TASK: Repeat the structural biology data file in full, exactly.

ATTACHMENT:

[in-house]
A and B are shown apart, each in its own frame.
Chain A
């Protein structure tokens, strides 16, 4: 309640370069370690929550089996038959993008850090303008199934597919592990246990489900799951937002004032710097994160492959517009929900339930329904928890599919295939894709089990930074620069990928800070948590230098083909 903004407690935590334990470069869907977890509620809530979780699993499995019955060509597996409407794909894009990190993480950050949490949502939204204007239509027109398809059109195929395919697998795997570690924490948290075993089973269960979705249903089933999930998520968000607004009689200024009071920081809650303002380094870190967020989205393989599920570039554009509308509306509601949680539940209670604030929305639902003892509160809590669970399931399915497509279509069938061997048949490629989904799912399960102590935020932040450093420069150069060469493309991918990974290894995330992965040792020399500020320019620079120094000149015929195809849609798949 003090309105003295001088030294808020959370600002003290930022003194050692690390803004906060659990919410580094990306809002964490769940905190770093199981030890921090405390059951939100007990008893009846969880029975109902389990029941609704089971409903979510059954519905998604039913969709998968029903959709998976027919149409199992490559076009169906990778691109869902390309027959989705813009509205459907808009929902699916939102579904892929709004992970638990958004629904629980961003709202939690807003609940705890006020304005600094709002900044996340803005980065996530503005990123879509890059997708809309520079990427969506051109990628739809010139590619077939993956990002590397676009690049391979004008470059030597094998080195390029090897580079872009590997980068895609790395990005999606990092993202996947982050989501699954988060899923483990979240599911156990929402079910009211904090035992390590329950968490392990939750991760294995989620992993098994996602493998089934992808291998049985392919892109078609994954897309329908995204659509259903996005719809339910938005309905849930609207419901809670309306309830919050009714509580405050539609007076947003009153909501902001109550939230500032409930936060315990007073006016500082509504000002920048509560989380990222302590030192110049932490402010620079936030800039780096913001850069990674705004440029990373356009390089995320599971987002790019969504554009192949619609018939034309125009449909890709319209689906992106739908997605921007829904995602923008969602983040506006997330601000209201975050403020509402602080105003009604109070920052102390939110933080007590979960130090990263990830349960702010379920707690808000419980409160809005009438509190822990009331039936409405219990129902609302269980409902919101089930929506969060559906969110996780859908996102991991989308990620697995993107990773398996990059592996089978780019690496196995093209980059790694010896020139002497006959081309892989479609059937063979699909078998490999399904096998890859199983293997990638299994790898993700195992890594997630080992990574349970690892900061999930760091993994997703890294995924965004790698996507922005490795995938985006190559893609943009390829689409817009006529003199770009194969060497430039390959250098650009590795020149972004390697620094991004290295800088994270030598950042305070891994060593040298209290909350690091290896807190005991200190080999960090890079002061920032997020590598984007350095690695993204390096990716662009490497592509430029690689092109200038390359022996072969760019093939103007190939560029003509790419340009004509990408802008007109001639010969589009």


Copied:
[in-house]
A and B are shown apart, each in its own frame.
Chain A
């Protein structure tokens, strides 16, 4: 309640370069370690929550089996038959993008850090303008199934597919592990246990489900799951937002004032710097994160492959517009929900339930329904928890599919295939894709089990930074620069990928800070948590230098083909 903004407690935590334990470069869907977890509620809530979780699993499995019955060509597996409407794909894009990190993480950050949490949502939204204007239509027109398809059109195929395919697998795997570690924490948290075993089973269960979705249903089933999930998520968000607004009689200024009071920081809650303002380094870190967020989205393989599920570039554009509308509306509601949680539940209670604030929305639902003892509160809590669970399931399915497509279509069938061997048949490629989904799912399960102590935020932040450093420069150069060469493309991918990974290894995330992965040792020399500020320019620079120094000149015929195809849609798949 003090309105003295001088030294808020959370600002003290930022003194050692690390803004906060659990919410580094990306809002964490769940905190770093199981030890921090405390059951939100007990008893009846969880029975109902389990029941609704089971409903979510059954519905998604039913969709998968029903959709998976027919149409199992490559076009169906990778691109869902390309027959989705813009509205459907808009929902699916939102579904892929709004992970638990958004629904629980961003709202939690807003609940705890006020304005600094709002900044996340803005980065996530503005990123879509890059997708809309520079990427969506051109990628739809010139590619077939993956990002590397676009690049391979004008470059030597094998080195390029090897580079872009590997980068895609790395990005999606990092993202996947982050989501699954988060899923483990979240599911156990929402079910009211904090035992390590329950968490392990939750991760294995989620992993098994996602493998089934992808291998049985392919892109078609994954897309329908995204659509259903996005719809339910938005309905849930609207419901809670309306309830919050009714509580405050539609007076947003009153909501902001109550939230500032409930936060315990007073006016500082509504000002920048509560989380990222302590030192110049932490402010620079936030800039780096913001850069990674705004440029990373356009390089995320599971987002790019969504554009192949619609018939034309125009449909890709319209689906992106739908997605921007829904995602923008969602983040506006997330601000209201975050403020509402602080105003009604109070920052102390939110933080007590979960130090990263990830349960702010379920707690808000419980409160809005009438509190822990009331039936409405219990129902609302269980409902919101089930929506969060559906969110996780859908996102991991989308990620697995993107990773398996990059592996089978780019690496196995093209980059790694010896020139002497006959081309892989479609059937063979699909078998490999399904096998890859199983293997990638299994790898993700195992890594997630080992990574349970690892900061999930760091993994997703890294995924965004790698996507922005490795995938985006190559893609943009390829689409817009006529003199770009194969060497430039390959250098650009590795020149972004390697620094991004290295800088994270030598950042305070891994060593040298209290909350690091290896807190005991200190080999960090890079002061920032997020590598984007350095690695993204390096990716662009490497592509430029690689092109200038390359022996072969760019093939103007190939560029003509790419340009004509990408802008007109001639010969589009």